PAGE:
Helmuth Osthoff (1962–5) believed there was documentary evidence locating Josquin at the French court in December 1501, with a further implication of service with Ercole d’Este at a period anterior to his appointment as maestro di cappella in 1503–4 (see below). On the occasion of the state meeting in Blois between Louis XII and Archduke Philip the Fair of Burgundy, who was en route to Spain (Ascanio Sforza, who had been released from prison, was also there with the French court), the Ferrarese ambassador Bartolomeo de’ Cavalieri wrote to Ercole (13 December 1501):

I have found here a singer named Josquin, whom your excellency had sent to Flanders to find singers … and he says that the Archduke has asked him to go along to Spain, and that the Archduke has written to your excellency to see whether you will agree to lend him.

Two factors indicate that this singer was not Josquin des Prez, however. In the first place, in a letter of September 1501 Cavalieri had mentioned that he was sending Ercole new music by Josquin, so it is unlikely he would have referred to the composer as ‘a singer named Josquin’. More significantly, a singer named Josse van Steeland (recorded as ‘Josquin chantre’ at the court of the Duke of Lorraine in 1493) entered the Burgundian chapel at the beginning of November 1501, travelled to Spain with Philip (as Josquin did not) and remained in the chapel after Philip’s death at least until 1514 (see Reese and Noble, 1984; Vander StraetenMPB, vi, vii). It is much more probable that Cavalieri was writing about Steeland.

Meetings between Louis XII and Ercole d’Este are documented in 1499 and 1502, and, if Josquin was indeed in the service of the French king, these contacts may provide a context for the composer’s move to Ferrara in 1503. In the autumn of 1499 Ercole travelled to Milan to confer with Louis, who had vanquished the forces of Ludovico Sforza. This meeting presented an opportunity for Ercole and his agents to recruit new singers for his chapel; he was particularly anxious to hire a new maestro di cappella to replace Johannes Martini, who had died in 1497. In the summer of 1502 Louis XII was once more in Milan, and Ercole again journeyed to meet him. In the spring of the same year, Ercole had sent his son Alfonso to Lyons to meet with Louis XII to reassure the French of Ferrarese support. One of Ercole’s agents, Girolamo da Sestola (‘il Coglia’), had been sent on to Paris, where he may have had a chance to sound Josquin out about the position at Ferrara (see LockwoodMRF). Some months later, on 14 August 1502, Coglia was back in Ferrara and wrote to recommend Josquin to Ercole, who was still in Milan:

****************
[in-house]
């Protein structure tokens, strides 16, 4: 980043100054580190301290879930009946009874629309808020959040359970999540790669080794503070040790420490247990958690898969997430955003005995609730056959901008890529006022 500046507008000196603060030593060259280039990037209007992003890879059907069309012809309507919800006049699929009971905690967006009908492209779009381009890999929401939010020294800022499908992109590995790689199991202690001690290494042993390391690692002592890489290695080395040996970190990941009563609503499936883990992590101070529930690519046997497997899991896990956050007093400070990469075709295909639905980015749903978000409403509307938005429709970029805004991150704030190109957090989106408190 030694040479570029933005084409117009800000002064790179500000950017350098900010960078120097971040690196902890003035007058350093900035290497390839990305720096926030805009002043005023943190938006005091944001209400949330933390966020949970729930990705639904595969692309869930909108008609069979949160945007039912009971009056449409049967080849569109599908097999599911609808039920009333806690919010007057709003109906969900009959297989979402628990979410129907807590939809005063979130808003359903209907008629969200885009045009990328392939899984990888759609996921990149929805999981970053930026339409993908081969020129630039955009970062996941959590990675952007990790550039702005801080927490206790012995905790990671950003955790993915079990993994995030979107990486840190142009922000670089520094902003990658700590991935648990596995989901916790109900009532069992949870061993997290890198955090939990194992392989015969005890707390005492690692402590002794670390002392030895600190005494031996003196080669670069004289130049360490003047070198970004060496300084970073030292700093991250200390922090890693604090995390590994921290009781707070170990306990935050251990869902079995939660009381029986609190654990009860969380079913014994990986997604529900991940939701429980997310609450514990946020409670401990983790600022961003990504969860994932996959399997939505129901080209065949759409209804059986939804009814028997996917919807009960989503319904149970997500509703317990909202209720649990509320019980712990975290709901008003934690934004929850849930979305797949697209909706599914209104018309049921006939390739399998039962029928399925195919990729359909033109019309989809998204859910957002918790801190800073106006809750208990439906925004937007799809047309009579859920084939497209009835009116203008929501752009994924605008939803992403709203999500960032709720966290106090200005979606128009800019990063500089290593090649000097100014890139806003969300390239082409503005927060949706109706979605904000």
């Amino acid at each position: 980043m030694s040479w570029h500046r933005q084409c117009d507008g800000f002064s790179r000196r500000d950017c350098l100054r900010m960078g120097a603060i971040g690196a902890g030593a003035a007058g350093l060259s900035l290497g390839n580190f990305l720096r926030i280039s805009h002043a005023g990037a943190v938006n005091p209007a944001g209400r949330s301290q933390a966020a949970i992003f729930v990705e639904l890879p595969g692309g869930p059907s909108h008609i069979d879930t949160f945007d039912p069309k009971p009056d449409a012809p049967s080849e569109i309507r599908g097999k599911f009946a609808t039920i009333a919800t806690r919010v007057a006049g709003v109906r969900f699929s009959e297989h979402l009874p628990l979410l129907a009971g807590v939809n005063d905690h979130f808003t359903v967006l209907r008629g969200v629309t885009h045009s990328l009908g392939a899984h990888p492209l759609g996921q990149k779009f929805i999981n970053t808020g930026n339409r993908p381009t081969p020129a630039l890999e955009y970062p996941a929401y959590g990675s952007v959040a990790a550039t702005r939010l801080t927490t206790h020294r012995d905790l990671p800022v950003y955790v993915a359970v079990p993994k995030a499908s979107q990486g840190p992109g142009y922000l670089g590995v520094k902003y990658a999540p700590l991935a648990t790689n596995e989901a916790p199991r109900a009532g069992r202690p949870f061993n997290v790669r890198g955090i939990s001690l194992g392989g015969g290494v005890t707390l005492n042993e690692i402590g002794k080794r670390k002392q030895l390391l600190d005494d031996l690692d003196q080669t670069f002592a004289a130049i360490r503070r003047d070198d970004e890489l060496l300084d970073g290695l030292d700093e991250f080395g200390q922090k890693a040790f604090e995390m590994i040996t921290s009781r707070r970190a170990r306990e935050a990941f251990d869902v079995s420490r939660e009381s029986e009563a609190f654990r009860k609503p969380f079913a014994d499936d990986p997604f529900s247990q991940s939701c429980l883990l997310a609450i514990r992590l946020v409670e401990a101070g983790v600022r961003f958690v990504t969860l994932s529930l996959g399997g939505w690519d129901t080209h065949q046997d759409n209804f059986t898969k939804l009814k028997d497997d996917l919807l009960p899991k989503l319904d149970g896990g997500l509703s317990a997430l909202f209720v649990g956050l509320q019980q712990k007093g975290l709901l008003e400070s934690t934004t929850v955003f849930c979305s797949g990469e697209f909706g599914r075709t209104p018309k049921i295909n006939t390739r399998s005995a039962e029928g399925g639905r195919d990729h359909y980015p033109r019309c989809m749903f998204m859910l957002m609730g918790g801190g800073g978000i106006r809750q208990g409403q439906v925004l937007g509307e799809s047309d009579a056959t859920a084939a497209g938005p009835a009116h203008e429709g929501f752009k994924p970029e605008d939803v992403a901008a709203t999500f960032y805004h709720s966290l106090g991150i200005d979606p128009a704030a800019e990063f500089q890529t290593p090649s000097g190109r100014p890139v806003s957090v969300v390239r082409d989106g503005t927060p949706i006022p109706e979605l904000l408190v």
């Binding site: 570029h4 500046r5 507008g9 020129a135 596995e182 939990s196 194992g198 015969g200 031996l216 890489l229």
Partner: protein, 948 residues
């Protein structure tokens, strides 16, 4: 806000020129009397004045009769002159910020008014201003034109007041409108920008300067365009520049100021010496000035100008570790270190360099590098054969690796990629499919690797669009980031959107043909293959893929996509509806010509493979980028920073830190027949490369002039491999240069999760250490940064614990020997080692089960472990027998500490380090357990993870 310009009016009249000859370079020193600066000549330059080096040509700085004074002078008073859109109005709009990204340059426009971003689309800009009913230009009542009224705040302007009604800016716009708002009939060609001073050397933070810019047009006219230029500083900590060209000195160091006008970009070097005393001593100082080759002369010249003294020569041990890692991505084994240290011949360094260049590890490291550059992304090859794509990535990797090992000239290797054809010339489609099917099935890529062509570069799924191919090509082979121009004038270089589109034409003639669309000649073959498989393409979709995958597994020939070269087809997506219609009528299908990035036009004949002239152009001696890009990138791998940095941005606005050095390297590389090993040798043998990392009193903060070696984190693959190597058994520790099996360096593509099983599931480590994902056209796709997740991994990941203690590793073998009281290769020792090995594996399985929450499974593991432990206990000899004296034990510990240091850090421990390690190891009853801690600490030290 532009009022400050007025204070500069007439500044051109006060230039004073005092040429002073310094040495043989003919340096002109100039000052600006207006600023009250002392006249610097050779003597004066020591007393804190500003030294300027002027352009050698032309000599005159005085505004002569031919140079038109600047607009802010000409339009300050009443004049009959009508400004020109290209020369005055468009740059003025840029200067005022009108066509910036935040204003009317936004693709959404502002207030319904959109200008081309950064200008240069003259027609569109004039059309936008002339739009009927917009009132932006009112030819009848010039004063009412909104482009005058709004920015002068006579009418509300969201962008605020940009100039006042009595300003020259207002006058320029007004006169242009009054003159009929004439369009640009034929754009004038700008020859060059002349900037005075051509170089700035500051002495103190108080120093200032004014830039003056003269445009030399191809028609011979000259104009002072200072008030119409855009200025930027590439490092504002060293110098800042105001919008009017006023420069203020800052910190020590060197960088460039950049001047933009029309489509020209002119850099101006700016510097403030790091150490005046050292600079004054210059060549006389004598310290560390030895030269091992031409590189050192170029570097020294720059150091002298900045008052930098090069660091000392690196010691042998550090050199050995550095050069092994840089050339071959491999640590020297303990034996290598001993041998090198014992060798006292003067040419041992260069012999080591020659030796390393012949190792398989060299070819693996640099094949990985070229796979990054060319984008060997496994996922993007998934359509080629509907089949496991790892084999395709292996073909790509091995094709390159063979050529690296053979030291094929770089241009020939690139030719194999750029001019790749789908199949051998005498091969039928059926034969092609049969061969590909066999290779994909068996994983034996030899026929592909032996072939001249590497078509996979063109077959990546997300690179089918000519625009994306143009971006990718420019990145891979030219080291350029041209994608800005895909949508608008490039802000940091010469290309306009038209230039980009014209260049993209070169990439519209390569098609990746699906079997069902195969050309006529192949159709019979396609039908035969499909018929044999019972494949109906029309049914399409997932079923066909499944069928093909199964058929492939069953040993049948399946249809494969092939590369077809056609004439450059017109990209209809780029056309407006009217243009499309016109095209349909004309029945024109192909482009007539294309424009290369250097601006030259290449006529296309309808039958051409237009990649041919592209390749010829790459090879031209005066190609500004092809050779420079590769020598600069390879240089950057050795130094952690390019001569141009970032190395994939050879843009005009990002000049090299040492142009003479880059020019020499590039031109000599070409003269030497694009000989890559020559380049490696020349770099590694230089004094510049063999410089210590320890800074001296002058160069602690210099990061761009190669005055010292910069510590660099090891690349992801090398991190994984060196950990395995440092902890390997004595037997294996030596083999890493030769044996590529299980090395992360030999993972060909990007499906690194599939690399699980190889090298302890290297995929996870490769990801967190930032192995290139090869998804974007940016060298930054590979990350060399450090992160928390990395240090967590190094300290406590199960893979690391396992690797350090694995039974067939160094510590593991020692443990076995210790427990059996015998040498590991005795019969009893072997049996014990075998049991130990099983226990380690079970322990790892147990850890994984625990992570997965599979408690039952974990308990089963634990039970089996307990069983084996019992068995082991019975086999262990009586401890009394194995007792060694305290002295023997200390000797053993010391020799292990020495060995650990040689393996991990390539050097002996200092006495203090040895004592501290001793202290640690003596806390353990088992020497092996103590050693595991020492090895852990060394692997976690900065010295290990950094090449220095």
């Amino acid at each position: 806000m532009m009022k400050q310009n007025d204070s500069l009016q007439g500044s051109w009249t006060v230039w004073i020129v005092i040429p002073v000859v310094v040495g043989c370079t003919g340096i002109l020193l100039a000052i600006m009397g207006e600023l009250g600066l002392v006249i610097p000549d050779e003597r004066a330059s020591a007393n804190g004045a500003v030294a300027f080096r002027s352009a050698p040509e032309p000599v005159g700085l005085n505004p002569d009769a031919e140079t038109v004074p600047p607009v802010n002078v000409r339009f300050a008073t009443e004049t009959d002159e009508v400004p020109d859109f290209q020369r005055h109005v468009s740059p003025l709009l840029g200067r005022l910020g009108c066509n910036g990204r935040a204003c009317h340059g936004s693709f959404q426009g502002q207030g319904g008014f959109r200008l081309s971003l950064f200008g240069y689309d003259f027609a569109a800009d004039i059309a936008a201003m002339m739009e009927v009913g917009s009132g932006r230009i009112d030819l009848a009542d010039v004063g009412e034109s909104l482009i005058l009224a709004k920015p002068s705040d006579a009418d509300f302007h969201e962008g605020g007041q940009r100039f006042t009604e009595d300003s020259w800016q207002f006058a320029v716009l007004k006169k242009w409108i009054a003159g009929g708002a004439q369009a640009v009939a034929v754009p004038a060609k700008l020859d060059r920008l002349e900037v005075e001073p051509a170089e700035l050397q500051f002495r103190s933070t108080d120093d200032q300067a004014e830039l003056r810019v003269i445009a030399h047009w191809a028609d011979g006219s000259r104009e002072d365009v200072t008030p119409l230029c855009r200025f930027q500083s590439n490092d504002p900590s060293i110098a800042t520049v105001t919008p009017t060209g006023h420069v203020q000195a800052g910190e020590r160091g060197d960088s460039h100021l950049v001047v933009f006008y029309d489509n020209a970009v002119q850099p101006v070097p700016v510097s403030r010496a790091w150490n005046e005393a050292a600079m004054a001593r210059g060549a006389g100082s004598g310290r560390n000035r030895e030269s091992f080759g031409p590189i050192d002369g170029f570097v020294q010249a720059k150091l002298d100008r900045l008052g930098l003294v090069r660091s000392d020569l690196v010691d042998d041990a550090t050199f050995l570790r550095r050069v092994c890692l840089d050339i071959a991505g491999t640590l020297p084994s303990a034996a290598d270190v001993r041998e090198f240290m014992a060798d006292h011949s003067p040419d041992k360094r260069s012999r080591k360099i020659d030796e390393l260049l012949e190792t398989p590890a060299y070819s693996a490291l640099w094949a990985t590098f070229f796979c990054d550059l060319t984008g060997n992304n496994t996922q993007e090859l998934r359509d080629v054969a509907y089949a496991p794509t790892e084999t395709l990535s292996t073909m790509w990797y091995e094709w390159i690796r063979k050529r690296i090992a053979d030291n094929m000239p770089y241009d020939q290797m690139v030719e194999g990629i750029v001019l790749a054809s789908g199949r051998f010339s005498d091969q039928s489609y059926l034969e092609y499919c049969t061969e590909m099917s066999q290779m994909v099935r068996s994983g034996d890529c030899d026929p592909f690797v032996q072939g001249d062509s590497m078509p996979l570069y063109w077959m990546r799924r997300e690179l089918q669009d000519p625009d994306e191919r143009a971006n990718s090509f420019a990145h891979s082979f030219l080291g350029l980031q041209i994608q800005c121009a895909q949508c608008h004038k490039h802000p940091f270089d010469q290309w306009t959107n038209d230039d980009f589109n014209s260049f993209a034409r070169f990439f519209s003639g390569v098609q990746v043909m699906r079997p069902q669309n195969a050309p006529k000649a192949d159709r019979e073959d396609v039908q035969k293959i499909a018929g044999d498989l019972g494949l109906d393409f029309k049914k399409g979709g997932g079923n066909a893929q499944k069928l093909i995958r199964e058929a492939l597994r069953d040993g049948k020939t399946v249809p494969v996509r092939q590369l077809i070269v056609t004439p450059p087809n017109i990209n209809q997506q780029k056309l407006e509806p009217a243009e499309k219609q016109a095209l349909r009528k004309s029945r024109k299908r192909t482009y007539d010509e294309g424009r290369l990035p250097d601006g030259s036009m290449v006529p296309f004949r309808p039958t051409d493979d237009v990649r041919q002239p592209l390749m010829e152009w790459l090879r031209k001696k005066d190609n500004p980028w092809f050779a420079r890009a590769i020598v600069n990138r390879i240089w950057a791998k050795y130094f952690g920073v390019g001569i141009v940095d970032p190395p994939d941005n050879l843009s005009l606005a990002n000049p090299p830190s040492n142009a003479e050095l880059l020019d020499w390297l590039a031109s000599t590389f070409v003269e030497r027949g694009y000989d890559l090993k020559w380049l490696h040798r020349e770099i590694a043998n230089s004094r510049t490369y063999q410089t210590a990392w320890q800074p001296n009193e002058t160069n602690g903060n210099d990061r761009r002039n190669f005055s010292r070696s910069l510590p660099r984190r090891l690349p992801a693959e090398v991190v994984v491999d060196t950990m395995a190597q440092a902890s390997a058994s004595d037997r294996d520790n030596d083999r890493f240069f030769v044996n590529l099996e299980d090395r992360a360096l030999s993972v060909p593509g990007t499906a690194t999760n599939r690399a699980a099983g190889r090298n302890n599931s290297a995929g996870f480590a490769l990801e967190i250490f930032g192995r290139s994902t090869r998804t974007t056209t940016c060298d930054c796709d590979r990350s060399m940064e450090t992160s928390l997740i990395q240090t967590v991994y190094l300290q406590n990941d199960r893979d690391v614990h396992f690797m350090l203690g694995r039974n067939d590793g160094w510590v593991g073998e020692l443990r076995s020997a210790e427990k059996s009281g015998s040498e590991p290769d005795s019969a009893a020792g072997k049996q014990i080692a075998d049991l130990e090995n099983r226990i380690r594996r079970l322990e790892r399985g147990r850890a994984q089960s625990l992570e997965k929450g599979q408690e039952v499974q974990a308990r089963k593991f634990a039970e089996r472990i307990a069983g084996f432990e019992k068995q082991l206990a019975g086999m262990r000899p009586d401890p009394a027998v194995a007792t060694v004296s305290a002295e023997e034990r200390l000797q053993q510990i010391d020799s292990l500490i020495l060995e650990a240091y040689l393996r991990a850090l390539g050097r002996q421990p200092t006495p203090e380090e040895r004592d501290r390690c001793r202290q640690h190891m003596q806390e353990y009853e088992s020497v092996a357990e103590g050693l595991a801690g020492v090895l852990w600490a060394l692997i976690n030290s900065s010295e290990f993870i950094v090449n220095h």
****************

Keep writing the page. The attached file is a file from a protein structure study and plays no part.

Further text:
My Lord, I believe that there is neither lord nor king who will now have a better chapel than yours if Your Lordship sends for Josquin … and by having Josquin in our chapel I want to place a crown upon this chapel of ours.

Some two weeks later, on 2 September, an opposing view arrived from another of Ercole’s agents, Gian de Artiganova, who recommended Henricus Isaac:

To me [Isaac] seems well suited to serve Your Lordship, more so than Josquin, because he is more good-natured and companionable, and will compose new works more often. It is true that Josquin composes better, but he composes when he wants to and not when one wants him to, and he is asking 200 ducats in salary while Isaac will come for 120 – but Your Lordship will decide.

Artiganova provides a rare glimpse of Josquin’s personality, indicating that he was a difficult colleague and that he took an independent attitude towards producing music for his patrons. Ercole nevertheless decided in Josquin’s favour, and eagerly awaited his arrival in Ferrara in late April of 1503. The salary of 200 ducats counts as the highest ever paid to a member of the ducal chapel (see LockwoodMRF). Before departing for Ferrara in 1503 Josquin was in France, and he travelled to Italy by way of Lyons, where Louis XII was meeting with Philip the Fair. The combined chapels of the two leaders were present, as was Ascanio Sforza, Josquin’s former patron. Cavalieri’s dispatches to Ferrara from Lyons in mid-April 1503 reported that Coglia and Josquin had arrived and that he had found it necessary to provide lodging for them in his own house because of the crowded conditions in the city.

Josquin des Prez